Apr 26, 2012
CDC says Maryland severe flu cluster involved six cases
A recent family cluster of severe influenza cases in Maryland, some complicated by a resistant bacterial infection, involved six patients, one more than reported previously, the Centers for Disease Control and Prevention (CDC) reported today. Previous news reports said the infections were fatal in three patients—an 81-year-old woman and two of her children—and that a sister and another daughter of the elderly woman were hospitalized. The CDC reviewed the episode in an article released today in Morbidity and Mortality Weekly Report (MMWR). The elderly woman fell ill at the end of February and died at home 4 days later. Three days after her death, two of her children were hospitalized, and they died the day after admission. All three patients tested positive for seasonal H3N2 infections, and the two children were found to have co-infections with methicillin-resistant Staphylococcus aureus (MRSA) strain USA300. Also in early March, three more members of the family were found to have flu, the report says, without identifying relationships. Two of these tested positive for H3N2 and were hospitalized, but none of the three had pneumonia or a MRSA infection. The report also says some other family members were sick as well, but they either tested negative for flu or were not tested. The CDC said the rapid deterioration in the two patients with MRSA suggested that the flu and MRSA infections were simultaneous rather than sequential. The report notes that two of the three patients who died had multiple preexisting conditions, and two had received seasonal flu shots. The cases show the importance of using empiric antibiotic treatment when a bacterial co-infection is suspected in a flu patient, the CDC commented.
Apr 27 MMWR article
Mar 19 CIDRAP News story
Mar 8 CIDRAP News story
WHO's SAGE cites pregnant women as top flu-vaccine priority group
The World Health Organization's (WHO's) Strategic Advisory Group of Experts (SAGE) on Immunization today released preliminary recommendations after its April meeting, highlighting pregnant women as the most important target group for seasonal flu vaccine. The panel also listed, in no particular order, healthcare workers, children 6 to 59 months old, the elderly, and those with high-risk conditions as other targeted populations. SAGE members said countries currently targeting any of these groups should continue to do so and those not targeting these populations "should decide which other risk groups to prioritize for vaccination based on burden of disease, cost-effectiveness, feasibility, and other appropriate considerations." The full SAGE meeting report will be published in the WHO's Weekly Epidemiological Record on May 25.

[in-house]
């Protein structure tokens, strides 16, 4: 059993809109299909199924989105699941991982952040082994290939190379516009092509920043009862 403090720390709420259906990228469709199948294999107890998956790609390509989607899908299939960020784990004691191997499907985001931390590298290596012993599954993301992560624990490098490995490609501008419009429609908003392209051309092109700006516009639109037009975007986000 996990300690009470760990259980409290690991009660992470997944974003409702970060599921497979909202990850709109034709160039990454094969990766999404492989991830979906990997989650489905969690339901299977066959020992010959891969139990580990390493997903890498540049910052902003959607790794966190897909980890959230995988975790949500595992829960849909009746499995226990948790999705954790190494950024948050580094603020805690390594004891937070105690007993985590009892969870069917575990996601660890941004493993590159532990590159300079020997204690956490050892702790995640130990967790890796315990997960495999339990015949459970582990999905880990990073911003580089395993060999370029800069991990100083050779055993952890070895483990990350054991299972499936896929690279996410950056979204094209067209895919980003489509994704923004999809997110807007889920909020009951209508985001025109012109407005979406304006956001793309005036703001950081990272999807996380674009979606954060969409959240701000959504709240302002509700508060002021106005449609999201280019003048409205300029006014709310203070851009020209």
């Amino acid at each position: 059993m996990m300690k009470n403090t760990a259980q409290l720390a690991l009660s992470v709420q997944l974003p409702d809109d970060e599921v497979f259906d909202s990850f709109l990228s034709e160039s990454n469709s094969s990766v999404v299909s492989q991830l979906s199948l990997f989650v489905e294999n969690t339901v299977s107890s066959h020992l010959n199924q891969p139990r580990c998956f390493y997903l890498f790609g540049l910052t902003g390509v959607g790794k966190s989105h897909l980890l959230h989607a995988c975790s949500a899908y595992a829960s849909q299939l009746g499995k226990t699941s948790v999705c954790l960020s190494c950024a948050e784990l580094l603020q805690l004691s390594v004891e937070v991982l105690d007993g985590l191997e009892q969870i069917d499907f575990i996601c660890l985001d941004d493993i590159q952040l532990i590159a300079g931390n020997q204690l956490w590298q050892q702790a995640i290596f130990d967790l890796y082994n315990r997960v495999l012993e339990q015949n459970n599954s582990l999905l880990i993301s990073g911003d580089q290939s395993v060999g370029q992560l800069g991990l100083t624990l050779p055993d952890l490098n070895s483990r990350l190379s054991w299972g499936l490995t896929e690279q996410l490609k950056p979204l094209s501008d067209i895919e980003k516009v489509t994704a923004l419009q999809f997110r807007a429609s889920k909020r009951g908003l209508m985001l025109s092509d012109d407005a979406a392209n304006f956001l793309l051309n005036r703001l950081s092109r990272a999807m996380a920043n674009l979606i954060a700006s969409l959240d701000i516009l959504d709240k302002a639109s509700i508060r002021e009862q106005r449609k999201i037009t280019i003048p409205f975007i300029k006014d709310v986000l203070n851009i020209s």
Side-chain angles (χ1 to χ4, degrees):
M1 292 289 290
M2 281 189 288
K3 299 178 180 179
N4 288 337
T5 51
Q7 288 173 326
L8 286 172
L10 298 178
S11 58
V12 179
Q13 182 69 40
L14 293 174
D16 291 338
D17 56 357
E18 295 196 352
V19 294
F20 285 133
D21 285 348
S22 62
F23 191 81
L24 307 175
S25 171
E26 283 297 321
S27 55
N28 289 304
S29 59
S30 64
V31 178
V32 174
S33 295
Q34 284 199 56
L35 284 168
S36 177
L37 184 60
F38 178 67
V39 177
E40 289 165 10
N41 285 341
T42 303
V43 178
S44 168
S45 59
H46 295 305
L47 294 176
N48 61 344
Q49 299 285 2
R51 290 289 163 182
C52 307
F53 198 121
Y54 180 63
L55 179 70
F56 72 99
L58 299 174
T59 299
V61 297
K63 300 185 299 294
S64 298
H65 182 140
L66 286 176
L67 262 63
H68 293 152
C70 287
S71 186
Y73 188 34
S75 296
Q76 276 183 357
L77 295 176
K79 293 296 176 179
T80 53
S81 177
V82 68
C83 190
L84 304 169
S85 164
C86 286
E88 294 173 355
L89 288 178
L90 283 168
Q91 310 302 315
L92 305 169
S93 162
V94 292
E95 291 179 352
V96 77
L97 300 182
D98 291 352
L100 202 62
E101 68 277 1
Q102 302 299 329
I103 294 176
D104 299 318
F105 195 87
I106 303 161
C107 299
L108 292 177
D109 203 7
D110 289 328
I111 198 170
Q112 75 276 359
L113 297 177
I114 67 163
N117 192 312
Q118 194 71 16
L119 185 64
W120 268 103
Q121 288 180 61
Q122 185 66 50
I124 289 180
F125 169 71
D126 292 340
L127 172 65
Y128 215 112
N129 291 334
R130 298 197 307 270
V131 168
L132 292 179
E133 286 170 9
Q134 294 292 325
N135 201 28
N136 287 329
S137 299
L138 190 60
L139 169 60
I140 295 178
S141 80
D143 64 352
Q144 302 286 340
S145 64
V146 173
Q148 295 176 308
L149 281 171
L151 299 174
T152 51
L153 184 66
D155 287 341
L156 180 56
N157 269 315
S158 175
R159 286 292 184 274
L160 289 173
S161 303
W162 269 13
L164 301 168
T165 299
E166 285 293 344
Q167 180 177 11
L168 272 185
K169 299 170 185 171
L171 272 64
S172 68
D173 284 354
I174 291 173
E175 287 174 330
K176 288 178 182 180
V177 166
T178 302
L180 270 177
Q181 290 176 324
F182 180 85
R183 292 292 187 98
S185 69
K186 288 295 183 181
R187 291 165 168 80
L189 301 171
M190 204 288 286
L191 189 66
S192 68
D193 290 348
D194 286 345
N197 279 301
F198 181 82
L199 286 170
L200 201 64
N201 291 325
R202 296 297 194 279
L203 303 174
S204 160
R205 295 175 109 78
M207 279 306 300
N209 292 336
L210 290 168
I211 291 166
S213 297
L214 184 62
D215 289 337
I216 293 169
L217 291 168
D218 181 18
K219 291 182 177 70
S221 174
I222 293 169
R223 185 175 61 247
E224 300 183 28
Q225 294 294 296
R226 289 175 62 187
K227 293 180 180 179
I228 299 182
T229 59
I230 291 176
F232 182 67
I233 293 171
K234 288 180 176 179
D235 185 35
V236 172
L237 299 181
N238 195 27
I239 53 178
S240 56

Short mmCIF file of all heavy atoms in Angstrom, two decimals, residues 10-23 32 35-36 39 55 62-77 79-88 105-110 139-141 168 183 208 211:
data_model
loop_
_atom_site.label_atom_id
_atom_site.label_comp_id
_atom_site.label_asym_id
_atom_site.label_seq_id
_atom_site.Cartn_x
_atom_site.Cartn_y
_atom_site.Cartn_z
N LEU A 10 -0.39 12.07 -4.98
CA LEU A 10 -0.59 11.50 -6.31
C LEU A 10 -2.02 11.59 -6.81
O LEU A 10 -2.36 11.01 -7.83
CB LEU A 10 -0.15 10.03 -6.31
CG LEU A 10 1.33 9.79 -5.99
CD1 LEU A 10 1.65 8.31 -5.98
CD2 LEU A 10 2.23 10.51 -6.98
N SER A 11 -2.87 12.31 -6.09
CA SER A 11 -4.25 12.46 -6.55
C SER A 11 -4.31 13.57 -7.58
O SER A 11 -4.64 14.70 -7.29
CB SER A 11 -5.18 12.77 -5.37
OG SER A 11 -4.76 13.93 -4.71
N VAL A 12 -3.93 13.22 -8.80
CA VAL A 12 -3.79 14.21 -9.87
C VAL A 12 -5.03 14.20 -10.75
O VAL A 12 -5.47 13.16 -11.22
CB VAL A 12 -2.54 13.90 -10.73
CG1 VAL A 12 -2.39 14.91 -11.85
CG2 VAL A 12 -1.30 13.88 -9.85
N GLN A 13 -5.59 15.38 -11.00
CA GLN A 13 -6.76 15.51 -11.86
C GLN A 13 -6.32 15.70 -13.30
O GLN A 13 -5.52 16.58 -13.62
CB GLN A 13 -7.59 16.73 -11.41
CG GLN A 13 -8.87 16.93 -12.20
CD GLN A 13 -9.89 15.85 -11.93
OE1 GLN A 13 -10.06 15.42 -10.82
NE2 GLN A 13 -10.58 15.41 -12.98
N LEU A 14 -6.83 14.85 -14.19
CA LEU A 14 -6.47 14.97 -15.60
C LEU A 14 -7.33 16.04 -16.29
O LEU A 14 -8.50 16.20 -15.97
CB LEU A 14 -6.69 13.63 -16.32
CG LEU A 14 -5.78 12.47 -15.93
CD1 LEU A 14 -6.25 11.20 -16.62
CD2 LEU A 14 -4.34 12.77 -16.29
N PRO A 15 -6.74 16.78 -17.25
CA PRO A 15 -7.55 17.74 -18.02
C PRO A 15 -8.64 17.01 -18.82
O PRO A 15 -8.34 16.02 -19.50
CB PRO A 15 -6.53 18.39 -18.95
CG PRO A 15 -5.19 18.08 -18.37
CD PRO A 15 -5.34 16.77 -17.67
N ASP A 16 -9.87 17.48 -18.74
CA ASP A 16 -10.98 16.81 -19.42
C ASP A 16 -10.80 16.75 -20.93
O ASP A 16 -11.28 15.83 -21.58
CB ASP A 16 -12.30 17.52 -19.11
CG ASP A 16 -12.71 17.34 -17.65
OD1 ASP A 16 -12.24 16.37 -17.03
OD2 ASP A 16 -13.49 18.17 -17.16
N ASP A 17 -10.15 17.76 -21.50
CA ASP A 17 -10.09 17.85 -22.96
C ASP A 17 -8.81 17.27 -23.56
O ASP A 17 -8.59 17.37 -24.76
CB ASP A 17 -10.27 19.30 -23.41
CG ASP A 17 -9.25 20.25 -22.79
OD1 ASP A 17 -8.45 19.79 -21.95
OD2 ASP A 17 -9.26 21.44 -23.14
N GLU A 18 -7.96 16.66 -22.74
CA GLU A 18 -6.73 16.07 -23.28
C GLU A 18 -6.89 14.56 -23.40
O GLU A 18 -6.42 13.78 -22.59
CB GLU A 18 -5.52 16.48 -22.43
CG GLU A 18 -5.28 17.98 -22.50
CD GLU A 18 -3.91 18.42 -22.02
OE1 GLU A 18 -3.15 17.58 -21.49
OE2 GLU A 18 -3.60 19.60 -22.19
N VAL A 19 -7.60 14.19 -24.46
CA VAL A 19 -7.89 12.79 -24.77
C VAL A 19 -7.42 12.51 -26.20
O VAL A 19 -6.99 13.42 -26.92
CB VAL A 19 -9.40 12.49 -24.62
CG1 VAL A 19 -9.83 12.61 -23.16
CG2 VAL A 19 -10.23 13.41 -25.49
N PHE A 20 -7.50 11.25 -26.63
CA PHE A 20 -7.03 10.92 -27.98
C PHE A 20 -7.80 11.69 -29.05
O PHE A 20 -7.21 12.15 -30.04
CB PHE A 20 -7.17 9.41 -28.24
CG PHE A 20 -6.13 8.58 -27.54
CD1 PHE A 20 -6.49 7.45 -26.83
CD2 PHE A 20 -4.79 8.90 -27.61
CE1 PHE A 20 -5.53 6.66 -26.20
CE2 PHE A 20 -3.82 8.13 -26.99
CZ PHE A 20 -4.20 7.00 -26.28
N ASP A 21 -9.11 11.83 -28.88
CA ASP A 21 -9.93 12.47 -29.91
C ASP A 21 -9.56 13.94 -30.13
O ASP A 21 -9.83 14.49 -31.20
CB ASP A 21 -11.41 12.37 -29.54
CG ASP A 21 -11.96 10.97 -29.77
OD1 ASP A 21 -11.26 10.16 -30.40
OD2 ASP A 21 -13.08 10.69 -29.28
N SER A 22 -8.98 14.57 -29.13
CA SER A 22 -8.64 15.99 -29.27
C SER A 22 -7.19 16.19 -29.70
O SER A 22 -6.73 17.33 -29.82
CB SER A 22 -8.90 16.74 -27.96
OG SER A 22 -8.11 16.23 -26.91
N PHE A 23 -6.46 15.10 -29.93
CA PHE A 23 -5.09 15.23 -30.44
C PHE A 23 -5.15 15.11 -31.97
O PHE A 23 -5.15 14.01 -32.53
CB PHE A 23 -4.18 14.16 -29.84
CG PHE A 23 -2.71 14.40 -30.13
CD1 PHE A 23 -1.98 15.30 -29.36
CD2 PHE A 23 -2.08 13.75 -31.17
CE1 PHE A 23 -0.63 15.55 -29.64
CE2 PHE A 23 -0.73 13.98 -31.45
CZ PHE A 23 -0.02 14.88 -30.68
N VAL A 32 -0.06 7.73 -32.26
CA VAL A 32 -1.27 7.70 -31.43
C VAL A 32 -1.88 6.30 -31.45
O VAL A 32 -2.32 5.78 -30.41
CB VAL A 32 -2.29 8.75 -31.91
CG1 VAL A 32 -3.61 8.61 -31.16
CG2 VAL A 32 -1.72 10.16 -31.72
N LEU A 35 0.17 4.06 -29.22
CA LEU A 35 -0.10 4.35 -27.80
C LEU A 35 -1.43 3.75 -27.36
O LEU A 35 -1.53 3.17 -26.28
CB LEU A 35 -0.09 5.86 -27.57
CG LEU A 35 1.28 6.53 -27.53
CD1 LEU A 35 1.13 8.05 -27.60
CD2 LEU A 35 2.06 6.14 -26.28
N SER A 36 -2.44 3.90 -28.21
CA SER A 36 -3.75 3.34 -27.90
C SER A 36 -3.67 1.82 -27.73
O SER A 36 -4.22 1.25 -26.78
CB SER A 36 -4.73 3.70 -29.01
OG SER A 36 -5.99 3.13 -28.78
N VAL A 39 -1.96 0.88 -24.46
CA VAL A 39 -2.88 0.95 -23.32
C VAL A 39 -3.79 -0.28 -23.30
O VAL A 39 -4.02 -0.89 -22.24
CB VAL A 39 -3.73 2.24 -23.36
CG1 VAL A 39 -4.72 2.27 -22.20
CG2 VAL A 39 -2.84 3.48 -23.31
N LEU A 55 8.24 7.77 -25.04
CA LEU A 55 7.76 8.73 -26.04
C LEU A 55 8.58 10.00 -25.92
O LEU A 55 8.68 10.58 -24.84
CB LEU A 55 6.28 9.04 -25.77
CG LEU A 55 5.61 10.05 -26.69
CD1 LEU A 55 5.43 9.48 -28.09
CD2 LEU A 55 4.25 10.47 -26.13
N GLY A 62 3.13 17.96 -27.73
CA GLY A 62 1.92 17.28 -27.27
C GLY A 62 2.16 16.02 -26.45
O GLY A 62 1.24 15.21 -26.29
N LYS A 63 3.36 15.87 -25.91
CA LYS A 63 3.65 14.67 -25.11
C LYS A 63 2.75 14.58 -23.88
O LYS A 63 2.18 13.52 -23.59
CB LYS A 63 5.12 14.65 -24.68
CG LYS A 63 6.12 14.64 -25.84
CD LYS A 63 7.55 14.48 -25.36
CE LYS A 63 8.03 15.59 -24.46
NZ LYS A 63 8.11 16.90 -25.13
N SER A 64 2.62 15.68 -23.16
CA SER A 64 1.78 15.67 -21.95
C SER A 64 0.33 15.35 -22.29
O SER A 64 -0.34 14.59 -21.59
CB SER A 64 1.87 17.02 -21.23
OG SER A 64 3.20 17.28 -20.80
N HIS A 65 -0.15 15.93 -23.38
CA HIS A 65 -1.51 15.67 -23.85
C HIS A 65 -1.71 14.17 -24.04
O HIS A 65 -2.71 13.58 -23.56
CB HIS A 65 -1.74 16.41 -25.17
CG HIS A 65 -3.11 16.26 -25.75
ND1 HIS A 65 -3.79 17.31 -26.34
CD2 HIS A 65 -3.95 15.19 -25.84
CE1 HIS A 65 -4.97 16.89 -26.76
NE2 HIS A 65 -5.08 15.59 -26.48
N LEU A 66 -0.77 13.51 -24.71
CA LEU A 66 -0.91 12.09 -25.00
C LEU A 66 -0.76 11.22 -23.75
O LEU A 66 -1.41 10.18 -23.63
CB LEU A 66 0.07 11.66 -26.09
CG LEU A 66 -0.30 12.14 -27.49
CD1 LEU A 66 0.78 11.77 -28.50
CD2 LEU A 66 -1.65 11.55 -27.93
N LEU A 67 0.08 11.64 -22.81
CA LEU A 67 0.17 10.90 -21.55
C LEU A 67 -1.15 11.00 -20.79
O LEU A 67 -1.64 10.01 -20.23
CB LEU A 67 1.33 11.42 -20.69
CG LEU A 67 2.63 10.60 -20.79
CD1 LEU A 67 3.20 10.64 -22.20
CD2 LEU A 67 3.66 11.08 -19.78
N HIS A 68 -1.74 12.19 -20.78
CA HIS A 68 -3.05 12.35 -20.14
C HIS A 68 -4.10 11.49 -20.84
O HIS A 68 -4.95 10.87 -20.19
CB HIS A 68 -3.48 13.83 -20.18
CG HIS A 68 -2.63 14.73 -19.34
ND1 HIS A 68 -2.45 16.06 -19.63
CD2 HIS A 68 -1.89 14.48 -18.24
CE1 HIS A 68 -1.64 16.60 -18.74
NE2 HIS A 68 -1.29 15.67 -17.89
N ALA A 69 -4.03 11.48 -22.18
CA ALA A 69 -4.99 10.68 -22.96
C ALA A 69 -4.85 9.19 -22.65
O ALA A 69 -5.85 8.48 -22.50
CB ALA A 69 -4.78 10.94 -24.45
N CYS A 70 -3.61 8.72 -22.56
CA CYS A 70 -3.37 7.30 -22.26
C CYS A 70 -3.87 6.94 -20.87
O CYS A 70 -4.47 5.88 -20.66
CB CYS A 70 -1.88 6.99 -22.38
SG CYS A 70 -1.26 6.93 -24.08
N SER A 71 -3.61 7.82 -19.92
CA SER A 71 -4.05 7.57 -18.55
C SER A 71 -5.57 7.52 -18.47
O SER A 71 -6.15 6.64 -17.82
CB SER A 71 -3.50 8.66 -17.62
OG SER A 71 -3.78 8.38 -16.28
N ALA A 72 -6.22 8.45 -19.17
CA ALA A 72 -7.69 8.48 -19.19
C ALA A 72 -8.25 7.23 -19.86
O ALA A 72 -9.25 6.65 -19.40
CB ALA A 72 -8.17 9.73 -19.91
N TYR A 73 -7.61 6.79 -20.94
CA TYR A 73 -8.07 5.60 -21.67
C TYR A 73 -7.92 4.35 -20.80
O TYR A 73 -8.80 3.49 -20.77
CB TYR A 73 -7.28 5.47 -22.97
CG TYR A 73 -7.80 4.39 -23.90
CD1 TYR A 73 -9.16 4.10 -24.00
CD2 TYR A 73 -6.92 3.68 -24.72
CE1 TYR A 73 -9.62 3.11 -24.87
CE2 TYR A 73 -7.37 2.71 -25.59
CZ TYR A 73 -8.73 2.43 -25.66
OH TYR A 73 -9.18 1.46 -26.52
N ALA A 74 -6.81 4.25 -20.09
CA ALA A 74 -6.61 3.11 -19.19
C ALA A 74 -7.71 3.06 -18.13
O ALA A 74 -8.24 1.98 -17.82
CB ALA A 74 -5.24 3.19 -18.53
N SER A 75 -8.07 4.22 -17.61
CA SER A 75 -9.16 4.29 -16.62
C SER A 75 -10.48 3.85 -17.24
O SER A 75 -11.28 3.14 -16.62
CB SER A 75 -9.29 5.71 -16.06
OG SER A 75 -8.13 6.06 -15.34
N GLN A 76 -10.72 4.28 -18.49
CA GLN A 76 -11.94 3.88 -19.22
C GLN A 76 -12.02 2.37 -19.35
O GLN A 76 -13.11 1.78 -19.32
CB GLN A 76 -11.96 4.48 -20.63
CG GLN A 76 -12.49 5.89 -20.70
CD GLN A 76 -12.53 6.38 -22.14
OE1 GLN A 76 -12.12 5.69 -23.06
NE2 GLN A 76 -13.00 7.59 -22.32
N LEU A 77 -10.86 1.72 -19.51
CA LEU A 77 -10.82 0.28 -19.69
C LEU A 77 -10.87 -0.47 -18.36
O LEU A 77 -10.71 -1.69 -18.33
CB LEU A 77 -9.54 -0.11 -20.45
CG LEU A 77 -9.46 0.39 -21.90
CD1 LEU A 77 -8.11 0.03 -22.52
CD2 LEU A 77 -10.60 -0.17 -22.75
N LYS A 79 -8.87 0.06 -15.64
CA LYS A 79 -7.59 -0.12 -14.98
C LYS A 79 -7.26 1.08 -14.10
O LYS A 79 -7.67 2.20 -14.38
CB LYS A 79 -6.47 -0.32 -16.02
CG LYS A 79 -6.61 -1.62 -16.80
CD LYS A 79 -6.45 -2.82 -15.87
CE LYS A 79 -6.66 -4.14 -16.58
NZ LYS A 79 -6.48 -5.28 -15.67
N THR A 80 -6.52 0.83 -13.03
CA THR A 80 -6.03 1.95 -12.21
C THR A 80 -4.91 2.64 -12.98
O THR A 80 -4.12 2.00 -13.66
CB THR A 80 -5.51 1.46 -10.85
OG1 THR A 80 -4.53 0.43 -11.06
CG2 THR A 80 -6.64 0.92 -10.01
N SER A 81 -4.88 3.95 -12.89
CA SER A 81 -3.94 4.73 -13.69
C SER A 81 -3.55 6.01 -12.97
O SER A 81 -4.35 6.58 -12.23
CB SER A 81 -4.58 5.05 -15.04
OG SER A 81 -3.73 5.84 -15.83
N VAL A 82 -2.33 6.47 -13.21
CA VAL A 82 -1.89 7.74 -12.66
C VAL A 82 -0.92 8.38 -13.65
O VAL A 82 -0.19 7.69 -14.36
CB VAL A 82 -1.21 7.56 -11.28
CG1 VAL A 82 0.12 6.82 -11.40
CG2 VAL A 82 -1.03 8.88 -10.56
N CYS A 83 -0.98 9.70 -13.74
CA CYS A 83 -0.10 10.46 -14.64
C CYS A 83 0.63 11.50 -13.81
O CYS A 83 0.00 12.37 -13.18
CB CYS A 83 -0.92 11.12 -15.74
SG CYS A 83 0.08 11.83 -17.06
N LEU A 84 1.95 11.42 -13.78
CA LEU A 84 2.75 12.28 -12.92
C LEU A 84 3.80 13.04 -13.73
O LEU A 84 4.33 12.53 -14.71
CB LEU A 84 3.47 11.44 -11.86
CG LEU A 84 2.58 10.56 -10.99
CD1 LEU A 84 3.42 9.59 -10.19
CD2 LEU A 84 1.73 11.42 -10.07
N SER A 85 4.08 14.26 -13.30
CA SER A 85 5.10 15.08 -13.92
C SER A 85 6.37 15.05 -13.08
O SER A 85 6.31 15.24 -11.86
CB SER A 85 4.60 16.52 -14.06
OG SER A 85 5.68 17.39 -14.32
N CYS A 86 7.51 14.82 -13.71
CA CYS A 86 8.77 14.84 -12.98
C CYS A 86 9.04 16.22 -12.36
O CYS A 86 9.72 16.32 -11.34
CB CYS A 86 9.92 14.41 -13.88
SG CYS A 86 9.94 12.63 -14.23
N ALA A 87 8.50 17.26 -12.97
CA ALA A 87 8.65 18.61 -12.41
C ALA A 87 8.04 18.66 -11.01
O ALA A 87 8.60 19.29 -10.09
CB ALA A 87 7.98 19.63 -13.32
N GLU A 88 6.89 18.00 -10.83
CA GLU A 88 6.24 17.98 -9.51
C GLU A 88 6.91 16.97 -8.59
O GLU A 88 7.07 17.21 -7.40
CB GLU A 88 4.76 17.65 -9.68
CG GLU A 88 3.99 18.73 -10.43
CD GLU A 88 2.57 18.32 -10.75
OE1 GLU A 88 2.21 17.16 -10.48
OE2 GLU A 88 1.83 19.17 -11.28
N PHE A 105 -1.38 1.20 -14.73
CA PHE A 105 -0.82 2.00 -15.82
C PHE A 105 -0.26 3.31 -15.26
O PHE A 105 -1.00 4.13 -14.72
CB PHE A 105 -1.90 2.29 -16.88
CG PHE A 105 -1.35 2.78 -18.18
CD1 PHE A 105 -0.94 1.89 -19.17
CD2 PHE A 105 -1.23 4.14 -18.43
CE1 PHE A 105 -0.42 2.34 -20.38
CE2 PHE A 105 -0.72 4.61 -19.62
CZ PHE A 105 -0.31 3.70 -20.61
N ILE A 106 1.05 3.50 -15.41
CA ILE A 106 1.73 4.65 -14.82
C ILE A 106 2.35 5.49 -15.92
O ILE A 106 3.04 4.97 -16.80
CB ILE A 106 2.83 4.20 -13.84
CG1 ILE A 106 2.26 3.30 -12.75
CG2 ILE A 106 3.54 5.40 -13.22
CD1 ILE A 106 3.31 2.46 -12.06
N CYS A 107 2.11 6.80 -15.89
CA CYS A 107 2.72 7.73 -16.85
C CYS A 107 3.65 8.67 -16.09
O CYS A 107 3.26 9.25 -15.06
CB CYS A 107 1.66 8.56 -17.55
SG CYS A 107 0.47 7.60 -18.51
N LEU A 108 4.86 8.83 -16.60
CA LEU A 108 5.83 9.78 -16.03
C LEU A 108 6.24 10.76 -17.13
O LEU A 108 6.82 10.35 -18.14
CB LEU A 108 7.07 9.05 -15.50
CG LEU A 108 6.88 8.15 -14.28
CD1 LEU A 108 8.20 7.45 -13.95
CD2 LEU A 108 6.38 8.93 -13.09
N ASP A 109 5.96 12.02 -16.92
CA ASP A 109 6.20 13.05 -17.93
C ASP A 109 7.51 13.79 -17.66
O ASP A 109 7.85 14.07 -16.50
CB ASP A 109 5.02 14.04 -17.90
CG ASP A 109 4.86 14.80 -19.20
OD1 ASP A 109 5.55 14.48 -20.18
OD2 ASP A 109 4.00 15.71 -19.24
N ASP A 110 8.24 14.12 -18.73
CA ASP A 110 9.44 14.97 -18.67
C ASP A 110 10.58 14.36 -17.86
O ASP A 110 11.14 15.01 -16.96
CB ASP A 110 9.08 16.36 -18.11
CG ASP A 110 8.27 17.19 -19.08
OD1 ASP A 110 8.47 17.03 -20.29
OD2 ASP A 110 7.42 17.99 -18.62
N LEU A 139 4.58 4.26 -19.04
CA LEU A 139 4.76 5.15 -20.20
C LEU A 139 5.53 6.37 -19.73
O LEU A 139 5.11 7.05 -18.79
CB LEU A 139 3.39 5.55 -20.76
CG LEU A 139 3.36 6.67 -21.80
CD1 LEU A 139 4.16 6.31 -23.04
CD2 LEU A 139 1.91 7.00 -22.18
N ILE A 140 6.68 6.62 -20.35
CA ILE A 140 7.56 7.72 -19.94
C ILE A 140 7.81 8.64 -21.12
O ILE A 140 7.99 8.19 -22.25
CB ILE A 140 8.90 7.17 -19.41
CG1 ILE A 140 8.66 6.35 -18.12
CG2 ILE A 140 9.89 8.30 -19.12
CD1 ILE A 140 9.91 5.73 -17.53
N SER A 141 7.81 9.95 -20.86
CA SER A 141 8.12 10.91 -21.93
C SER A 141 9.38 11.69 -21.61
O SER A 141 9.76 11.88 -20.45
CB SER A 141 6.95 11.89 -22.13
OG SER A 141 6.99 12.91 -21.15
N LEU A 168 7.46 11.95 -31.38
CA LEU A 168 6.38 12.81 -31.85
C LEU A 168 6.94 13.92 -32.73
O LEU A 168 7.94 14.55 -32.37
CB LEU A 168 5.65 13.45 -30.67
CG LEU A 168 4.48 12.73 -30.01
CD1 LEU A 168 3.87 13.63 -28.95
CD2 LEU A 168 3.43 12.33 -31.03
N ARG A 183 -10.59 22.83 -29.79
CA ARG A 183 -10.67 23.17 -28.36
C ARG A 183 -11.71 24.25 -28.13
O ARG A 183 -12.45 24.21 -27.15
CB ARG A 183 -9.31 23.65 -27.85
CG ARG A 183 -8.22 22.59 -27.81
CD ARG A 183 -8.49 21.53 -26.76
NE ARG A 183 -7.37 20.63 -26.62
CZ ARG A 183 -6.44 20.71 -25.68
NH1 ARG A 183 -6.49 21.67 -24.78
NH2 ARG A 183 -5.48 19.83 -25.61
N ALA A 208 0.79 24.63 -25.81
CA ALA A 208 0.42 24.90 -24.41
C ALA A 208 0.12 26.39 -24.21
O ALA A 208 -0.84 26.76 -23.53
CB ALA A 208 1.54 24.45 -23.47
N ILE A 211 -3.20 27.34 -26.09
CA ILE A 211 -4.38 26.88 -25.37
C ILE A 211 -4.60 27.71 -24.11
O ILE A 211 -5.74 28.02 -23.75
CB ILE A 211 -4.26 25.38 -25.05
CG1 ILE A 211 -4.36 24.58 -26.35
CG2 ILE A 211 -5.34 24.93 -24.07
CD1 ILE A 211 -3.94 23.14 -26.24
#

Apr 26 WHO update
Rio dengue epidemic tops 50,000 cases
Officials in Rio de Janeiro have confirmed more than 50,000 cases of dengue this year and have declared a dengue epidemic, Agence France-Presse (AFP) reported yesterday. The state of Rio de Janeiro has confirmed 64,423 cases and 13 deaths, 12 of them in the city. The case count is ahead of last year's pace, which totaled 168,242 for the entire year, but 2011 dengue deaths totaled 140. "We have a plan focused on the epidemic and we continue to be in a state of alert," said Hans Dohmann, health secretary for the city.
Apr 25 AFP story
Rickettsia pinpointed as cause of Vietnamese skin disease
A mysterious skin ailment that has killed 19 people in Vietnam has been determined to be caused by Rickettsia bacteria, provincial health officials said, according to Xinhua, China's state news agency. The Quang Ngai provincial health department reported that 14 of 26 blood samples from patients tested positive for Rickettsia after 172 people became infected, the story said. The health department has asked for financial assistance for necessary blood filters and medicine, and the WHO said it would respond if necessary. The disease was first noticed in the central Vietnamese province last year, Xinhua reported. Rickettsia pathogens are typically transmitted to humans via fleas, lice, ticks, and mites, according to the CDC.
Apr 25 Xinhua report
CDC travel information on Rickettsia